- CMS on Thursday issued its final rule on the Inpatient Prospective Payment System, cementing the agency's April proposal to increase transparency by pushing hospitals to post standard charges online in a machine-readable format. The rule doesn't require posting any more information than hospitals are already mandated to provide to the public, but CMS has issued a request for information seeking input on furthering pricing transparency.
- The final rule boosts payment rates for general acute care hospitals paid under IPPS by about 1.85%, up from the 1.75% bump proposed in April. Payments for long-term care hospitals have been increased 1.35%, up from the proposed 1.15%. CMS estimates the rate hike will increase Medicare spending on inpatient hospital services by about $4.8 billion in 2019, up from the April estimate of $4 billion.
- On the interoperability front, providers will be required to use 2015 Edition certified EHR products in 2019. The rule also eliminates the 25% threshold policy for long term care hospitals, reduces reporting periods to 90 consecutive days and eliminates 18 reporting measures while "de-duplicating" 25 more.
The jump in Medicare's estimated total spending on inpatient hospital services from $4 billion to $4.8 billion is the result of an increase in new technology add-on payments of $0.2 billion and the projected hospital market basket update, according to CMS. All-in-all, that estimate doubles spending projections made in last year's final rule.
CMS will also distribute about $1.5 billion more for uncompensated care payments in 2019 than it did in 2018, totaling roughly $8.3 billion. The boost is the result of increases in payments that would have been allocated toward disproportionate share hospitals (DSH). This payment change in part reflects the rising number of uninsured Americans.
CMS will also be starting a full audit process for Worksheet S-10 charity care data this fall in an effort to determine how charity care payments are distributed.
As for pricing transparency, the final rule requires hospitals to "make public a list of their standard charges via the Internet in a machine readable format, and to update this information at least annually." Patient advocate organizations may find this transparency effort somewhat toothless, as CMS had already required hospitals to make their standard charges public. However, CMS' supplementary RFI acknowledges swathes of opacity in pricing that need to be addressed.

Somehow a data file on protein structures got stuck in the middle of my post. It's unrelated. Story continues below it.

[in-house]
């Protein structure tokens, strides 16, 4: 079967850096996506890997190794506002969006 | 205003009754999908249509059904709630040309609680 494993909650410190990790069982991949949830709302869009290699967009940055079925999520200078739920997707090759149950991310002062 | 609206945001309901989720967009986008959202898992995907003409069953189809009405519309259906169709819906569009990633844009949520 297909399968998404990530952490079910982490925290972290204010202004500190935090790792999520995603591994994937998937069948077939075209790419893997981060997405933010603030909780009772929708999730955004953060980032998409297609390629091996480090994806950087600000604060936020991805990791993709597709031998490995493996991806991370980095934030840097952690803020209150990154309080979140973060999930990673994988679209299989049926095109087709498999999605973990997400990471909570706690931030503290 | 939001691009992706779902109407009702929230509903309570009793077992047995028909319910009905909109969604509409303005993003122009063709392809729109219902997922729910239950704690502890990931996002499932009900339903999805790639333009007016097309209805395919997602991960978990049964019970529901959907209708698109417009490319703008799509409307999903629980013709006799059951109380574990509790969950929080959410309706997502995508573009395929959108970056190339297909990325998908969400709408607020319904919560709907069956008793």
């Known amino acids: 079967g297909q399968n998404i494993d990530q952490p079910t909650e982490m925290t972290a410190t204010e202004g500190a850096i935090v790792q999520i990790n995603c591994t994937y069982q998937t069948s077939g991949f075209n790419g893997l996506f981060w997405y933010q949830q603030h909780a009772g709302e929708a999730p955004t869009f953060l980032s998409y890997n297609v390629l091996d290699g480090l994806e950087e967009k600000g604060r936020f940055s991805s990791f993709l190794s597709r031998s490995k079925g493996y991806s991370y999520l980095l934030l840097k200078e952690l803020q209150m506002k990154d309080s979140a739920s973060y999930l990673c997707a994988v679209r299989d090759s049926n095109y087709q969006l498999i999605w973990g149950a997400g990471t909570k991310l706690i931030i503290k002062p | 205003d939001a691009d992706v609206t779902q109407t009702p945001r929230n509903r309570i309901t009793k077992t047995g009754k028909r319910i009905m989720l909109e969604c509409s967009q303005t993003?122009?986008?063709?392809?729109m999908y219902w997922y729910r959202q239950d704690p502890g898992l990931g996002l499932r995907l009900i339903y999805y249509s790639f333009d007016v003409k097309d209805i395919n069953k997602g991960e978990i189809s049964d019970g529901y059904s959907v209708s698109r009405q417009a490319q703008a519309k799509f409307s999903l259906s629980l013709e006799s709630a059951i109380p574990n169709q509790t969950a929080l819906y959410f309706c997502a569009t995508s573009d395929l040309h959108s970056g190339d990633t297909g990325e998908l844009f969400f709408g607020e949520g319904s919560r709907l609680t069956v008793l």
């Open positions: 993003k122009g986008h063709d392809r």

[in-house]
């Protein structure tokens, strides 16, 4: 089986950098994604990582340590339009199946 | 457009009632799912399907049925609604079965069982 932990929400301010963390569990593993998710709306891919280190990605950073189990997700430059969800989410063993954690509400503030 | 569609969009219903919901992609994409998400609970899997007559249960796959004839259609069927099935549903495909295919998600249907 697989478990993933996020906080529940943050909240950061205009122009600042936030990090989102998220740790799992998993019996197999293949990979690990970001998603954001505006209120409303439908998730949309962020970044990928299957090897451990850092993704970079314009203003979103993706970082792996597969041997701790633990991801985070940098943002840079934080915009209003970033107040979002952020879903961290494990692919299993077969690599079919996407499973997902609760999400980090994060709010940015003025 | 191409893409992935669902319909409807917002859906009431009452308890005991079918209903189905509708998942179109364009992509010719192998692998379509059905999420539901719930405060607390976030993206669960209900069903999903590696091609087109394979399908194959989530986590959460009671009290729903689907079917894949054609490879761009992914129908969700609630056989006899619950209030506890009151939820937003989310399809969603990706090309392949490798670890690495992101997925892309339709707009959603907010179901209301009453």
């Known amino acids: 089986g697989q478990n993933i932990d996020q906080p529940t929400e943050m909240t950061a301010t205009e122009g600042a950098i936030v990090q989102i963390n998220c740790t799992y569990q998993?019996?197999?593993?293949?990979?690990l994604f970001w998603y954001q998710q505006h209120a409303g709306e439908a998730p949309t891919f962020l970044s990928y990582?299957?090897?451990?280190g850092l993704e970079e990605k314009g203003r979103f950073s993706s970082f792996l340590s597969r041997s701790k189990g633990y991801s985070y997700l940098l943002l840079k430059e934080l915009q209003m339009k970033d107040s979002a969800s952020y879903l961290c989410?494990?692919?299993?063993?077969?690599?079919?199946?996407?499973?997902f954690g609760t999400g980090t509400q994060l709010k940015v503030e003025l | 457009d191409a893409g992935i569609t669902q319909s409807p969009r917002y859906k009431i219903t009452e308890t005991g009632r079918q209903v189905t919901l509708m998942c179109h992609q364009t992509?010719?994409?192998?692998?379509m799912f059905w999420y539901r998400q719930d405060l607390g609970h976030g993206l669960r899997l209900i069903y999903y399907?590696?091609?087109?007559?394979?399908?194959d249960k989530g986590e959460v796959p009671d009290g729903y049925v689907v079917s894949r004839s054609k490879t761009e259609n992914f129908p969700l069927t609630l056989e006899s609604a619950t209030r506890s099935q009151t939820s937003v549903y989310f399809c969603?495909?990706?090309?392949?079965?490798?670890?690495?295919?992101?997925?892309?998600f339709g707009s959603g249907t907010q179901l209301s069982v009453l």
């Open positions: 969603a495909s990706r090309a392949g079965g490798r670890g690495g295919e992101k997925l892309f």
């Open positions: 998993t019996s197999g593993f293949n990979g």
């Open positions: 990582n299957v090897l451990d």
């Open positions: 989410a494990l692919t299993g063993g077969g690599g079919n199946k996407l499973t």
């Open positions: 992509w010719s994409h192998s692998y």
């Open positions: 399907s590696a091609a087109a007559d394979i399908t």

April's proposed rule was mostly met with applause from industry associations like the American Hospital Association that had been pushing for reduced reporting periods, the elimination of reporting measures and eliminating the 25% threshold policy for LTCHs. The final rule, which includes all the above, was in turn welcomed by AHA. Tom Nickels, executive vice president for the association, praised most policies included in the final rule in a statement.
"There are a number of policies CMS finalized today that will reduce regulatory burden and help ensure America's hospitals and health systems can continue to provide high-quality, efficient care for the patients and communities they serve," Nickels said, noting the association is still studying the rule.
Looking toward the future, CMS Administrator Seema Verma told reporters on a call Thursday evening that the agency is concerned with differentials in the wage index floor that show geographic disparities in payments that favor urban over rural hospitals. This final rule preemptively allows the imputed wage index floor to expire for all-urban states. Nickels said AHA will be analyzing policy changes affecting the area wage index to "determine their ultimate impact."